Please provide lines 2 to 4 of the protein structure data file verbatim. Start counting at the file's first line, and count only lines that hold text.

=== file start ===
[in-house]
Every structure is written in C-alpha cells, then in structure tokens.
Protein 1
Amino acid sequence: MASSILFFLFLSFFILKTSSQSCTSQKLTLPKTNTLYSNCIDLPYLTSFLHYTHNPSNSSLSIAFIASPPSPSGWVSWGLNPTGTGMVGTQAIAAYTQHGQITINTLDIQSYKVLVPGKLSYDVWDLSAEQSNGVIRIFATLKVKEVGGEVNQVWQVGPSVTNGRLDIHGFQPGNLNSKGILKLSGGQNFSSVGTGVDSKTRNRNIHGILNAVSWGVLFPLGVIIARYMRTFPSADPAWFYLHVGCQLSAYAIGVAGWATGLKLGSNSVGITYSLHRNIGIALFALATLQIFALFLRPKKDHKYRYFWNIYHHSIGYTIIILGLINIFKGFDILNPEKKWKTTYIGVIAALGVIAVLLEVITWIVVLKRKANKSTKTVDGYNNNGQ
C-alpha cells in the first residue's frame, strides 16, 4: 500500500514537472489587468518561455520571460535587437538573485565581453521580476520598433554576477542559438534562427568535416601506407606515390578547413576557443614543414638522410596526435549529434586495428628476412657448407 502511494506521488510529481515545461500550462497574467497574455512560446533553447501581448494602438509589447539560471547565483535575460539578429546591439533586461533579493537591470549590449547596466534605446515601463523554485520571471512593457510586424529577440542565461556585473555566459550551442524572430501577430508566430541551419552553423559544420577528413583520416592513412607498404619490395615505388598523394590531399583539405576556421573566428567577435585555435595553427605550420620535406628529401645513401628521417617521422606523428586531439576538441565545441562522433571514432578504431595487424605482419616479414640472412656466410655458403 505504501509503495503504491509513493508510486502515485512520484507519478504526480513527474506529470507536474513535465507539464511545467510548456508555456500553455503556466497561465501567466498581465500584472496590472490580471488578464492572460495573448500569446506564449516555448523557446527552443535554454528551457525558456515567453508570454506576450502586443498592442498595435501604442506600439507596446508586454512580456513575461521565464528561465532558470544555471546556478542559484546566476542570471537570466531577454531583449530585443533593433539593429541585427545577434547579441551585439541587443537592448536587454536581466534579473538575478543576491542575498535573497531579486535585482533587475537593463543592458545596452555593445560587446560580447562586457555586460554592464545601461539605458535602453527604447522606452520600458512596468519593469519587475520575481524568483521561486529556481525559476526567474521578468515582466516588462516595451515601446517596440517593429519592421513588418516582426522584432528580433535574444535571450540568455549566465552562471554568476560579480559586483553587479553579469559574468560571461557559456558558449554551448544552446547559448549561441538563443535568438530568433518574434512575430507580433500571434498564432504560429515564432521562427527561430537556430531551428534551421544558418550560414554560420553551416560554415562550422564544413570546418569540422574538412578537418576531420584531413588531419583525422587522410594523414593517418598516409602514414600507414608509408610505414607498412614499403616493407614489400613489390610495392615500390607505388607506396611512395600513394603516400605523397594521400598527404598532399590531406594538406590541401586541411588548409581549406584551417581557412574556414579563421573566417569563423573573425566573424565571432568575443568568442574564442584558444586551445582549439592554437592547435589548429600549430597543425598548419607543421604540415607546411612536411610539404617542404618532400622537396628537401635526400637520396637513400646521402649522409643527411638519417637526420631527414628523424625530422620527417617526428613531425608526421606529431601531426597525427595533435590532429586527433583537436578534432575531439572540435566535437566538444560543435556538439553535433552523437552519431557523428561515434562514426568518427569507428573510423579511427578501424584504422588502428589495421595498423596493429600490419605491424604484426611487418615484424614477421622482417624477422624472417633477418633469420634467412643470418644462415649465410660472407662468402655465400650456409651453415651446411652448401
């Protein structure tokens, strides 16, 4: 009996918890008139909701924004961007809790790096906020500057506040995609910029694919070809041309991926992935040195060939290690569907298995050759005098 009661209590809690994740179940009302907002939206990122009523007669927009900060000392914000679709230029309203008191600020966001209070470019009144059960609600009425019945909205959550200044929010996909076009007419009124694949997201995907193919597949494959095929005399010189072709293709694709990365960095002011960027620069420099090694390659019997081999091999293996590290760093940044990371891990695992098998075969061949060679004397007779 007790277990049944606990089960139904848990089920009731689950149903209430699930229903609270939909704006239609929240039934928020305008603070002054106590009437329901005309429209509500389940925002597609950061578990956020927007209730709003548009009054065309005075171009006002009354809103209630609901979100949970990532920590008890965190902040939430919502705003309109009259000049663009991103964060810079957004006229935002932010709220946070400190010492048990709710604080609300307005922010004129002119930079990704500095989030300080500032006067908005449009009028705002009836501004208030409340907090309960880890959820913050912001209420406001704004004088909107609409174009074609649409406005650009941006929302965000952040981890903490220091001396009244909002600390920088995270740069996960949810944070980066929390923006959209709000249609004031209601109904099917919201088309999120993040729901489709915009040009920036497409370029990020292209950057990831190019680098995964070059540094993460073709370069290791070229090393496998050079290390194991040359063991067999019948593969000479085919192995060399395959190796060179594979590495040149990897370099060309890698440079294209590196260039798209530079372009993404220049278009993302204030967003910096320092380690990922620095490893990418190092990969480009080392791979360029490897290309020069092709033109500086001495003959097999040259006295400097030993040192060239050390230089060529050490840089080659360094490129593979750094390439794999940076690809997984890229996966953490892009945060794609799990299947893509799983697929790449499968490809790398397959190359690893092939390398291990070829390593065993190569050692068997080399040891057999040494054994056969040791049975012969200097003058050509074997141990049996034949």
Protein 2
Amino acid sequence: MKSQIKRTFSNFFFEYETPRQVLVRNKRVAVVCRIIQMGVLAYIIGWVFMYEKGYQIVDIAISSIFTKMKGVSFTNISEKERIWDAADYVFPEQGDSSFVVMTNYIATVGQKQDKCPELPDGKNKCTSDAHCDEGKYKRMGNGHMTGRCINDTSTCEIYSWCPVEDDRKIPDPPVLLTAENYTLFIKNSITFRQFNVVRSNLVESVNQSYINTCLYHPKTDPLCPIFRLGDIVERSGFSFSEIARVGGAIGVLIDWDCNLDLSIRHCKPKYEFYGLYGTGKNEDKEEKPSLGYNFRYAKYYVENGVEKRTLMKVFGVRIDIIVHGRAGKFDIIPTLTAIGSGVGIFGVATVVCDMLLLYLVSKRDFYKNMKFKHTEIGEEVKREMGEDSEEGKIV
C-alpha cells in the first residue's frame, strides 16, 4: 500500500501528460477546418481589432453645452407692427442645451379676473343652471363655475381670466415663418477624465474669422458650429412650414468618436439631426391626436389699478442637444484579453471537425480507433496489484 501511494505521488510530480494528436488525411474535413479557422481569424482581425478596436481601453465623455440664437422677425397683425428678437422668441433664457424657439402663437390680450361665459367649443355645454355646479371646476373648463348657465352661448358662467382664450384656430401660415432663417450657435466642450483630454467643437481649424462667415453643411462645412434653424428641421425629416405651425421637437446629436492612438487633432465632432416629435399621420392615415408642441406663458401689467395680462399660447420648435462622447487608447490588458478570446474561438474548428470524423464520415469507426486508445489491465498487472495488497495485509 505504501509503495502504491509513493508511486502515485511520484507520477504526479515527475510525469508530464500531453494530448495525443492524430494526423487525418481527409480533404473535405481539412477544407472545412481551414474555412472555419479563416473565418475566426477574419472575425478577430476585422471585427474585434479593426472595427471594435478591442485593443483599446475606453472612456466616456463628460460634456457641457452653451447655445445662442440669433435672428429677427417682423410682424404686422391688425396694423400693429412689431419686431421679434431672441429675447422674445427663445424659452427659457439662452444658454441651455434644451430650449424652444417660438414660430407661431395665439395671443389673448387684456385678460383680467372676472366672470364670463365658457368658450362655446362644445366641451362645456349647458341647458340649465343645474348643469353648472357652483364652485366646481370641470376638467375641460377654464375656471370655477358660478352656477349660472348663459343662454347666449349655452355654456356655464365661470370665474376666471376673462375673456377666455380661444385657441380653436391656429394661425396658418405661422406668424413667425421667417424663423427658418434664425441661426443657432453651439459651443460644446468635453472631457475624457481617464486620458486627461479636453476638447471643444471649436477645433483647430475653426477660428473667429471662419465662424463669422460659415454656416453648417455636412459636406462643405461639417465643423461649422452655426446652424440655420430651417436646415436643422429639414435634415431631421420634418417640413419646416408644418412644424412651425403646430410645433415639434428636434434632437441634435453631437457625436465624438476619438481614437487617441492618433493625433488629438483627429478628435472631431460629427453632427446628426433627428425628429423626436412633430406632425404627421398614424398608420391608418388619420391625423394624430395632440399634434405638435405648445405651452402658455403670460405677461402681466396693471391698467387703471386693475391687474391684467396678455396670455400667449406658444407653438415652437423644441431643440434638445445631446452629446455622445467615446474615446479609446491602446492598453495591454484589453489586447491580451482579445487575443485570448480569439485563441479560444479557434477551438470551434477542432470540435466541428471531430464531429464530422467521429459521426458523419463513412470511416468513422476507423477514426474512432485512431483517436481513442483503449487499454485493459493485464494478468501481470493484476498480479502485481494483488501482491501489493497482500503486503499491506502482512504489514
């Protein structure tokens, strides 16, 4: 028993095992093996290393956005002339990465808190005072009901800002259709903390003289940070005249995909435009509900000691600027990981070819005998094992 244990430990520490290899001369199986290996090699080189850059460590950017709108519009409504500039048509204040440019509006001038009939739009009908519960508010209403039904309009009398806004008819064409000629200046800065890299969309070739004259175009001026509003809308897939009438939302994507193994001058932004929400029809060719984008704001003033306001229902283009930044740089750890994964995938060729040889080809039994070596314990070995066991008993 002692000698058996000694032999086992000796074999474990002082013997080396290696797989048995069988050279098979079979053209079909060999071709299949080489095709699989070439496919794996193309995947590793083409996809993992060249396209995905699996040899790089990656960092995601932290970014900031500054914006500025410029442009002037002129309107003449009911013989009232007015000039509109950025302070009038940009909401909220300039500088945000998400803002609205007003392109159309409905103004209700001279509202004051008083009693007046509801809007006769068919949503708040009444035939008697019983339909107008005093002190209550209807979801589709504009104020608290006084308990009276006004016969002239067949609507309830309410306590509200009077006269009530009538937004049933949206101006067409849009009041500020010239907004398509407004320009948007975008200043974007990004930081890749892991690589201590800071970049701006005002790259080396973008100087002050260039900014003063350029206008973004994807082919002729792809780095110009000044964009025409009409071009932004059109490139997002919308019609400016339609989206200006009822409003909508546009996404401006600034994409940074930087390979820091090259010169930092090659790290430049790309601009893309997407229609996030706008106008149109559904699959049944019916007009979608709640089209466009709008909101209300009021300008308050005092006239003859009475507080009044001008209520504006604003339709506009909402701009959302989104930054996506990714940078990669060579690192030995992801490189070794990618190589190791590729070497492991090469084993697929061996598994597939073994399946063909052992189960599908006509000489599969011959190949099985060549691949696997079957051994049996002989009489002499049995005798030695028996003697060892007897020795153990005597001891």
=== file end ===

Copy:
Every structure is written in C-alpha cells, then in structure tokens.
Protein 1
Amino acid sequence: MASSILFFLFLSFFILKTSSQSCTSQKLTLPKTNTLYSNCIDLPYLTSFLHYTHNPSNSSLSIAFIASPPSPSGWVSWGLNPTGTGMVGTQAIAAYTQHGQITINTLDIQSYKVLVPGKLSYDVWDLSAEQSNGVIRIFATLKVKEVGGEVNQVWQVGPSVTNGRLDIHGFQPGNLNSKGILKLSGGQNFSSVGTGVDSKTRNRNIHGILNAVSWGVLFPLGVIIARYMRTFPSADPAWFYLHVGCQLSAYAIGVAGWATGLKLGSNSVGITYSLHRNIGIALFALATLQIFALFLRPKKDHKYRYFWNIYHHSIGYTIIILGLINIFKGFDILNPEKKWKTTYIGVIAALGVIAVLLEVITWIVVLKRKANKSTKTVDGYNNNGQ